Fear is our emotional response to time.
Fear is the body’s alarm system to protect against immediate danger and all the unknown “what-ifs” of time (what if the interest rate goes to 97% as it has in Argentina? What if Russia…? What if my wife leaves me?). Fear is a motivator and initiates problem solving strategies and life-style changes. (If I meditate daily, will I have more calm and peace in my life? If I move to higher ground, will I be safe from the rising sea levels? If I live with present moment attention, without judgement, will fear subside and relationships improve?)
Reading @DeNiro 's post, I now wanna say :
Fear is an expression of desire
Are fear and desire coupled–inseparable principles of movement? One is a movement towards something, the other away from something. An amoeba moves toward food (appetite) and away from bright light (safety).
They are indeed, even more so than hot and cold, up and down.
For example, desiring/wanting mango ice cream is essentially the same thing as not wanting (being averse to) a different outcome, or fearing that the ice cream man has run out of mango.
We usually consider that the amoeba has not yet gained the ability to fear - which is a psychological reaction.
For example I (or someone smarter than me) could make a robot programmed to move towards the dark and wet environments and away from light sources, without the need to create some kind of fear mechanism nor in fact any type of self awareness.
Are fear and desire biologically programmed into us, like K mentioned? Are fear and desire impulses of an advanced neurology ensuring the survival of the species. Are they the same impulses of the amoeba, only more complex and thus termed differently?
Fear is the rejection of the unknown.
Fear is our emotional response to time.
Fear is the body’s alarm system to protect against immediate danger and unknown “what-ifs” of time.
Fear is an expression of desire.
Fear is the conditioned reaction to a perceived threat of pain and/or harm.
What is the common ground underlying all of our takes?
Yes! And the code has been in development for billions of years. If you take the leap to thinking of fear and desire as repulsion and attraction, you might argue they’ve been driving the universe since the Big Bang 13.8 billion years ago!
So it sounds like we need to learn to live with them in the healthiest way. We also need to be aware of our programming and learn to adapt to environmental changes as they come. Fear and desire are here to stay.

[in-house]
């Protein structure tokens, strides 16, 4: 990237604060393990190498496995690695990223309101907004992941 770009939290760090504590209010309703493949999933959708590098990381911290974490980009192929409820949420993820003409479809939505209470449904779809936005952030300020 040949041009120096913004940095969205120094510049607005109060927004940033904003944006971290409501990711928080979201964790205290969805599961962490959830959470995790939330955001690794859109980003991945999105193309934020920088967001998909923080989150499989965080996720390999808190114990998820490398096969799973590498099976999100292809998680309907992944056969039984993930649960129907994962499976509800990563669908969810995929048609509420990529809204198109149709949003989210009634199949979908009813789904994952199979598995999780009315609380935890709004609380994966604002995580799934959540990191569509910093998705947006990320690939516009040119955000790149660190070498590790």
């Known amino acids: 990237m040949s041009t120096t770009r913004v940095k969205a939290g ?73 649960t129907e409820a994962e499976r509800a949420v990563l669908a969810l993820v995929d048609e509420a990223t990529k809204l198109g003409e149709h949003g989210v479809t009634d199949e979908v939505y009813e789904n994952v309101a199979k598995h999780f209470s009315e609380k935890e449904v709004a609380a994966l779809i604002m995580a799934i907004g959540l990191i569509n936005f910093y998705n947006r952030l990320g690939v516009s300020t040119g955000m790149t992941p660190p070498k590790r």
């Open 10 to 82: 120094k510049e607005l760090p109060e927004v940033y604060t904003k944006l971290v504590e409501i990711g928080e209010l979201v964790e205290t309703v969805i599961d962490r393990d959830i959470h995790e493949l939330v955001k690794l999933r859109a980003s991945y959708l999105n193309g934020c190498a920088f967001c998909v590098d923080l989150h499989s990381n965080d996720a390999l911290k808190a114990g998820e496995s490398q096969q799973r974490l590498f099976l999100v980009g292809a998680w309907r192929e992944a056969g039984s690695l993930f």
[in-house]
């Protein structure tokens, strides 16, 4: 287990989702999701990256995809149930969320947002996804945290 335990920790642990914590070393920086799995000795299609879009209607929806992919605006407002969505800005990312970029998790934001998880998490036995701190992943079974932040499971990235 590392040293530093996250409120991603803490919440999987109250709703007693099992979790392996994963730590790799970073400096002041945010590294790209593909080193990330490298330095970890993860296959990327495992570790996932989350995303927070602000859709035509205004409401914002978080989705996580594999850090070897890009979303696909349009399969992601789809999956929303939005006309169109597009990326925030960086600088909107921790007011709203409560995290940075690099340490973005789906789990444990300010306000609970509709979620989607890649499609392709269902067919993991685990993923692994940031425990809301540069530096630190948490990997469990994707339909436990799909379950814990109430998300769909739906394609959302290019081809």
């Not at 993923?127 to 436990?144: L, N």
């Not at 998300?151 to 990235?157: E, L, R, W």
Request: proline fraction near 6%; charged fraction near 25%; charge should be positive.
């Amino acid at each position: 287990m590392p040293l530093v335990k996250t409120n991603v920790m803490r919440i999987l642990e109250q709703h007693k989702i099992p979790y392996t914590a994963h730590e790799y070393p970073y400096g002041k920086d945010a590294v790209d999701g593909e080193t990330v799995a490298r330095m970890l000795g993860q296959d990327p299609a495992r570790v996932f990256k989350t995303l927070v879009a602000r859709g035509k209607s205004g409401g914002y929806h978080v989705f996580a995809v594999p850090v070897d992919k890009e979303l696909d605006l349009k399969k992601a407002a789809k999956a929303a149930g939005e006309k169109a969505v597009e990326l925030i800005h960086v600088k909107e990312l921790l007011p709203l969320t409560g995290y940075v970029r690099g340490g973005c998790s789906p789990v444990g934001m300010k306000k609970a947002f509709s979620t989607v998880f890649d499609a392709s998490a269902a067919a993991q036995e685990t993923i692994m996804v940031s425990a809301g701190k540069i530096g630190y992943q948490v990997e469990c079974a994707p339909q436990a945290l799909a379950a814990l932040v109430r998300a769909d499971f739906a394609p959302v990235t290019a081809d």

The common ground is: fear thrives in prison ( in the known).
Fear can’t exist in the unknown (in freedom).
Fear rejects the unknown.
I am back to my initial statement.
Could you explain more about this “prison”?
This prison is one’s own confort zone.
Who wants to loose his/her confort zone?
It took years to create it and daily effort to maintain it.
Who’s the creator of the confort zone ? Fear.
Does that mean comfort prevents “freedom”?
Fear is a psychological prison. Its walls are the known. The known is an illusion that can include ghosts, vampires and gods.
This is I think the huge evolutionary leap that repulsion/attraction has made thanks to the human brain.
Our ability to imagine into existence the objects of fear, and its subject : me. And to live from that illusory center, existing all over our map of reality, as much in the imagined future, as in the stories that will never appear in the world outside our head.
Seems that way. They can be minimized, worked around, coped with, seen for what they are. But I doubt they ever utterly disappear.
obvious innit guv’nor?
Confort zone - I am not referring to the physical confort
What are we doing? Coping, minimising? or seeing? These seem like 2 very different angles of attack - and with huge differences in results methinks.
If we are on kinfonet (or have ever joined some esoteric sect) does this mean that we are aware of the mysterious magic of seeing?
@crina “Confort zone - I am not referring to the physical confort” Then are you referring to “psychological comfort” like the silence between thoughts?
Psychological death as in freedom from reality. (reality as experienced by the self)